1st Reverse Brings Jumbo Reverse Mortgages Back To Market

image 1st Reverse Financial Services announced yesterday that it will start taking applications for its new jumbo reverse mortgage product starting March 25, 2009.  The FLEX-XL™ will initially be available to retail customers and a select group of correspondent before it’s opened up to everyone said President Ralph E. Rosynek. 

The FLEX-XL is an adjustable rate LIBOR based product that can be used to purchase or refinance a borrowers home said .  Counseling is required and will be conducted by the IAMP-MEF  (Illinois Association of Mortgage Professionals – Mortgage Education Foundation).

When RMD spoke with Rosynek, he said the FLEX-XL will be more conservative than some of the past jumbo products and isn’t meant to compete with the new higher HECM loan limits.  “The product was designed to meet the needs of high value properties in excess of $1.5MM which the current HECM limits do not address,” said Rosynek.

Advertisement

According to a company statement, younger ages can expect to see LTV ranges of 15 to 20% and older borrowers can see 30 to 35%.  The company is still working out the final details but will have a calculator to run scenarios soon. 

Rosynek said its parent company, Wilimington Savings Fund Society will hold the jumbo loans on its balance sheet with hopes of eventually selling them to the secondary market.  “Our parent WSFS Bank, FSB, continues to support our growth in the marketplace and the strength of WSFS’s  balance sheet affords 1st Reverse the opportunity to assist an even larger market of senior’s in their desire to remain in their homes,” said Rosynek.   

During the initial roll out, the FLEX-XL will be available in 28 states through current retail and wholesale/correspondent channels.  For more information check out the link below.

1st Reverse Financial Services

Join the Conversation (0)

see all

This is a professional community. Please use discretion when posting a comment.

  • 15-35% LTV, I can’t see how this would make more sense than a HECM……although this may be a sign of increased liquidity in the secondary. I here MetLife is coming out with their Jumbo in Q2 or Q3…

  • I am just happy that someone is trying to get somthing moving. But on those % rates I agree with the reversemaniac. I would rather do a HECM with the new lending limits. I have a client with a value of $1.350MM getting $475k after closing costs, he is 83. So if its not going above and beyond the new limit then why do it. Now if they rolled out a program for Co-ops I would be swinging from the rafters.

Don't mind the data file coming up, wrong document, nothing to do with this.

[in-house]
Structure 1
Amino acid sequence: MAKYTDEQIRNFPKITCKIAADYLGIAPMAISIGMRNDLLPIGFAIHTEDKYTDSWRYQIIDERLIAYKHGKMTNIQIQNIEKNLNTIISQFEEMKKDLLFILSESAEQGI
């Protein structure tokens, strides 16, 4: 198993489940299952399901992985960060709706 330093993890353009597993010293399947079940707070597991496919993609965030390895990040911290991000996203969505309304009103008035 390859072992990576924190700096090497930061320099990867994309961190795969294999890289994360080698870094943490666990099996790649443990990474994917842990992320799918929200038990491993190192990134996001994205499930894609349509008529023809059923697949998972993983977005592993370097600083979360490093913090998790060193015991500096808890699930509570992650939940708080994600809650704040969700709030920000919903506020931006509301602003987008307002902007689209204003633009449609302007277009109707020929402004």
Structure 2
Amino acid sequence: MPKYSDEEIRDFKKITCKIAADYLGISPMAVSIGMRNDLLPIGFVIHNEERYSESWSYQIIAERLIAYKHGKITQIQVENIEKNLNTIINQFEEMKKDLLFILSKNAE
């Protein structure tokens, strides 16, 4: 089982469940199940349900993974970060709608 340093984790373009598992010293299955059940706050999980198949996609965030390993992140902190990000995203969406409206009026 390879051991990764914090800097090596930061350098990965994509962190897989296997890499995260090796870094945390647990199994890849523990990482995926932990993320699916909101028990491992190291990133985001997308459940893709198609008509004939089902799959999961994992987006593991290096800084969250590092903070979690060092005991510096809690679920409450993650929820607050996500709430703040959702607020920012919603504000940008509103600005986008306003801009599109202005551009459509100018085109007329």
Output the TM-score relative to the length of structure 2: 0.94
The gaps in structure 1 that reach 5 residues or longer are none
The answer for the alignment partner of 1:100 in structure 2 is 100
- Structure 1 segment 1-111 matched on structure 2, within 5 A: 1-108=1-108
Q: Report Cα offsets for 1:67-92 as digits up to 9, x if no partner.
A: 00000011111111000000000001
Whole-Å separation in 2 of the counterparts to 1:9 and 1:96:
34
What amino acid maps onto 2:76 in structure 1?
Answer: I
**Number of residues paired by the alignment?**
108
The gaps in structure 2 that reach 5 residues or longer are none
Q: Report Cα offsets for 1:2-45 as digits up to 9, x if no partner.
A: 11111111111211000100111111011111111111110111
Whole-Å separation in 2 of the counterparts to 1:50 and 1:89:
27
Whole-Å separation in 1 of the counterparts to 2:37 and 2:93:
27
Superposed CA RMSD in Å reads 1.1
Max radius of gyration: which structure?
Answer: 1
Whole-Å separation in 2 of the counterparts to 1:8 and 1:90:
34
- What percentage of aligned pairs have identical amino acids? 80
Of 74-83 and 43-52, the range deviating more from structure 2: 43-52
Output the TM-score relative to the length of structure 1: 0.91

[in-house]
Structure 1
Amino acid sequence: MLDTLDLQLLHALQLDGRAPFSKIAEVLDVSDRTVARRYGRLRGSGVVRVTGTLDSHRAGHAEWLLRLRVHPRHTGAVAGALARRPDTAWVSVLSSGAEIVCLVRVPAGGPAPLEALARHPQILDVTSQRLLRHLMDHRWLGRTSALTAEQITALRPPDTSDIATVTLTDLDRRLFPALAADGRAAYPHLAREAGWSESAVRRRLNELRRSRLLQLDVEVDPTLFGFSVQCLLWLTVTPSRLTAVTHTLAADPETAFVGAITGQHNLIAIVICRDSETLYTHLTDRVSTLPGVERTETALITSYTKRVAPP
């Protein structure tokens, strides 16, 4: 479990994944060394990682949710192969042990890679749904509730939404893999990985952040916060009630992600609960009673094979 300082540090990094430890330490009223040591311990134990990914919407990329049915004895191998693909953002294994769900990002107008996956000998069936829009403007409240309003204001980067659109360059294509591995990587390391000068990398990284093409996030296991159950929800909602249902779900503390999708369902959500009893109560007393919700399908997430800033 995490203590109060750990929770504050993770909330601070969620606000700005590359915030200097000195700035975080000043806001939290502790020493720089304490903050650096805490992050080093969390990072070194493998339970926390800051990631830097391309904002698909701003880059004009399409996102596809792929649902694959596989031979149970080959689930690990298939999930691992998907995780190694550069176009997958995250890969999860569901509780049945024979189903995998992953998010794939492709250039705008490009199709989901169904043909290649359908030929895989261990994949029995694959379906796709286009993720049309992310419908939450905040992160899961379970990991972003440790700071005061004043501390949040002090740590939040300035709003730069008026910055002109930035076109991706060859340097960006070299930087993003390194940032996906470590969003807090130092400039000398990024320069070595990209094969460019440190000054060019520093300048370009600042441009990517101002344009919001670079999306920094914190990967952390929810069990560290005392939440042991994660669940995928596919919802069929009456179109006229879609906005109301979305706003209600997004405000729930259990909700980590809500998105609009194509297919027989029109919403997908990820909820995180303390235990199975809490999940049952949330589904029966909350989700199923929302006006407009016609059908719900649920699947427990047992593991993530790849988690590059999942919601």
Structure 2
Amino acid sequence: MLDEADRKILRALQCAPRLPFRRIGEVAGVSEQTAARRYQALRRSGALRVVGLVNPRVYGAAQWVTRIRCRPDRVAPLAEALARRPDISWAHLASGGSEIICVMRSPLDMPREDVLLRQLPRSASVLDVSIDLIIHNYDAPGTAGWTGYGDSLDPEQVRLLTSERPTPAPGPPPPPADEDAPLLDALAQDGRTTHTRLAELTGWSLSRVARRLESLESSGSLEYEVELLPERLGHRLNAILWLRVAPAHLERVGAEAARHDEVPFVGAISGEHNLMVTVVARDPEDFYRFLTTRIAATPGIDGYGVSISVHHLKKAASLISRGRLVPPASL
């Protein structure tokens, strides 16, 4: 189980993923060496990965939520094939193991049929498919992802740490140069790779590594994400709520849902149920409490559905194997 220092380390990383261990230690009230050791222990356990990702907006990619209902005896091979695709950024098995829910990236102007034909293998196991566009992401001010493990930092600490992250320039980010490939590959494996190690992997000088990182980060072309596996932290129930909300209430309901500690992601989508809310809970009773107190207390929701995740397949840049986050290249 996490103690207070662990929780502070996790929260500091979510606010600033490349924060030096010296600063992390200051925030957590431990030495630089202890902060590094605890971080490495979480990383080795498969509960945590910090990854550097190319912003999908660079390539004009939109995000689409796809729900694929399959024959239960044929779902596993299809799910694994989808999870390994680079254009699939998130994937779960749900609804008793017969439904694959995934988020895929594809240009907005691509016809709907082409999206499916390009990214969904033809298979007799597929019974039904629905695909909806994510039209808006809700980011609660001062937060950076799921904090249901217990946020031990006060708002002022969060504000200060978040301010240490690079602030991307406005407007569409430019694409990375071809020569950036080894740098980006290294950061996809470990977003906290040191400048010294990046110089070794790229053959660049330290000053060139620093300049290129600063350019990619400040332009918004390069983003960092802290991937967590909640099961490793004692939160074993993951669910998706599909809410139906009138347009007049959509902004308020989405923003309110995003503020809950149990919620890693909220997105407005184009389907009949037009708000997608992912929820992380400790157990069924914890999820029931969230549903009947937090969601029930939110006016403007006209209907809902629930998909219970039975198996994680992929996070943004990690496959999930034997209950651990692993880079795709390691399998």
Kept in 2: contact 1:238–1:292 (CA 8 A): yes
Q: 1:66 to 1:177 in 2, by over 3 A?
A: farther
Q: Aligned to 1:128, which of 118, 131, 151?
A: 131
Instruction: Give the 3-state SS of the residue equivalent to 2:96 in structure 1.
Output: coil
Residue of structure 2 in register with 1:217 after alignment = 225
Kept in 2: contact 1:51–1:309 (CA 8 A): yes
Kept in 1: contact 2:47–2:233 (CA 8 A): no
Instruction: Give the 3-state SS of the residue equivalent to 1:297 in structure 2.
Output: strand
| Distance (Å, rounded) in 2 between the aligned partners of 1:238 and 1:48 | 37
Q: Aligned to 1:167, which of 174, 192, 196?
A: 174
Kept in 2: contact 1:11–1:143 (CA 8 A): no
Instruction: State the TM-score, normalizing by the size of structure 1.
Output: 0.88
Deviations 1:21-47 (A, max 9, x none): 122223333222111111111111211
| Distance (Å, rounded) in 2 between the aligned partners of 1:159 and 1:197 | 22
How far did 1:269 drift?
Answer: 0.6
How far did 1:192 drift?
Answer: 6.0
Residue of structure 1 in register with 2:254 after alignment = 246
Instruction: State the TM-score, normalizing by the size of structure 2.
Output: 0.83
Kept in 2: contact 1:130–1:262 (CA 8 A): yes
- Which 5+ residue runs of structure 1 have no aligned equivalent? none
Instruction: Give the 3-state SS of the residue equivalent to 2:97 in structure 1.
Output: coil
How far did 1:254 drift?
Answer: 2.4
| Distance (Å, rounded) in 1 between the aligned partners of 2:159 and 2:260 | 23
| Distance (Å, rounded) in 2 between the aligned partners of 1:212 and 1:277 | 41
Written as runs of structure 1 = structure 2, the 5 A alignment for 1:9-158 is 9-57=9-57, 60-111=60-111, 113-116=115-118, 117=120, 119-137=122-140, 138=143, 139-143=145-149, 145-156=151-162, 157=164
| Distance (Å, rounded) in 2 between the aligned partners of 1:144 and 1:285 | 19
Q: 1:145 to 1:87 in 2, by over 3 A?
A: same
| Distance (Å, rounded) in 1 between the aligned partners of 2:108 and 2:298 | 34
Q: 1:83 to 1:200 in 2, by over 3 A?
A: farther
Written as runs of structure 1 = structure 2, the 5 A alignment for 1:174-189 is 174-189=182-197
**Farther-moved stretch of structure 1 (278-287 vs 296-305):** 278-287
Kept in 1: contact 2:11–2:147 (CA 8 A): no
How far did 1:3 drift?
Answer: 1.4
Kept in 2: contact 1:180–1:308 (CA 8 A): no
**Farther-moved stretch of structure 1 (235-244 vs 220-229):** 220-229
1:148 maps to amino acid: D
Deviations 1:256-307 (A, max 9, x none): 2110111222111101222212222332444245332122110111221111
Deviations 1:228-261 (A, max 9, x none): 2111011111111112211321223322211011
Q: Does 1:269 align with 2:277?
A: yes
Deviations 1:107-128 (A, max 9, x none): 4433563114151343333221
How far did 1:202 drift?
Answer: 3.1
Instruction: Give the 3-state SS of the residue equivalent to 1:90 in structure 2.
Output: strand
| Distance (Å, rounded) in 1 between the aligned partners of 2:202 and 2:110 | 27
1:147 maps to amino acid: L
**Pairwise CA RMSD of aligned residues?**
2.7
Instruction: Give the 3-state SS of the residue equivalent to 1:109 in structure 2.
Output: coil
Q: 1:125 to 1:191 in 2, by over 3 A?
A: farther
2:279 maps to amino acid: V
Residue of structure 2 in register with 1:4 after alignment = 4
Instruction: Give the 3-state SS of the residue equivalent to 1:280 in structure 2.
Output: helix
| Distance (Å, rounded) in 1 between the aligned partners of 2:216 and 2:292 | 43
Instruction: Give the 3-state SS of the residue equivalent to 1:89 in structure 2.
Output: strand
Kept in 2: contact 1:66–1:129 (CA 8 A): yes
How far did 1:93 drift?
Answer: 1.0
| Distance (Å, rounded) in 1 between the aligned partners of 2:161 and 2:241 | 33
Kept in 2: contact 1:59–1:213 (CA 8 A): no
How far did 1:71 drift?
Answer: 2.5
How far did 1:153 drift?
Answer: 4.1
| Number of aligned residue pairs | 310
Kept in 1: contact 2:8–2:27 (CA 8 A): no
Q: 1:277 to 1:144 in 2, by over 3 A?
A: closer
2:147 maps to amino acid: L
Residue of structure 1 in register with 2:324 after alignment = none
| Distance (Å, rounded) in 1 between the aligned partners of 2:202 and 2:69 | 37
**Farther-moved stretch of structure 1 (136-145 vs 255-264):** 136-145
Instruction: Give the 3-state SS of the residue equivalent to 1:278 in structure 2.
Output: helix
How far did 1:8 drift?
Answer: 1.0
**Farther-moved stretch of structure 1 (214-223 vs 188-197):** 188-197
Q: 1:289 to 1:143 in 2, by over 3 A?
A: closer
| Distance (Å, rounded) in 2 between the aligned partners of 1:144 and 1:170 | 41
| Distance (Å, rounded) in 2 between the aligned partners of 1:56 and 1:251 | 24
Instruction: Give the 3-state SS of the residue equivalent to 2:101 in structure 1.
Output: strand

• I went to 1st Reverse’s website, to read more about the offering, and it’s not mentioned anywhere on their website. When the “Reverse Mortgage Product Choices” button is selected, the next screen says “The information for this page is being updated. Please check back soon.”

  • At least it’s a sign that liquidity is perhaps returning to the RM marketplace. I would think competition would motivate others. I do agree it’s disappointing to not have access to complete information when programs are announced. I checked the website, too: I also called for Jerry and his Son, Andrew, but was referred to voicemail. Curious if one of the 28 States is Hawaii–have a client with
    a 2.3 million dollar home, 475,00 debt. FHA HECM won’t work. Someday something will, I reassure them.

  • In response to reversemaniac this is no sign of increased liquidity in the secondary market. They are holding these on their own balance sheet hoping to be able to sell them at a later date. The key word here is HOPING!
    If there was a secondary market Metlife would not be pulling back.
    Also there is no mention of the margin. I don’t see anything so great about it. It seems like the 1.5 MM
    value is a little low. At the low end of 15% LTV it would have to be more like a 3MM home value.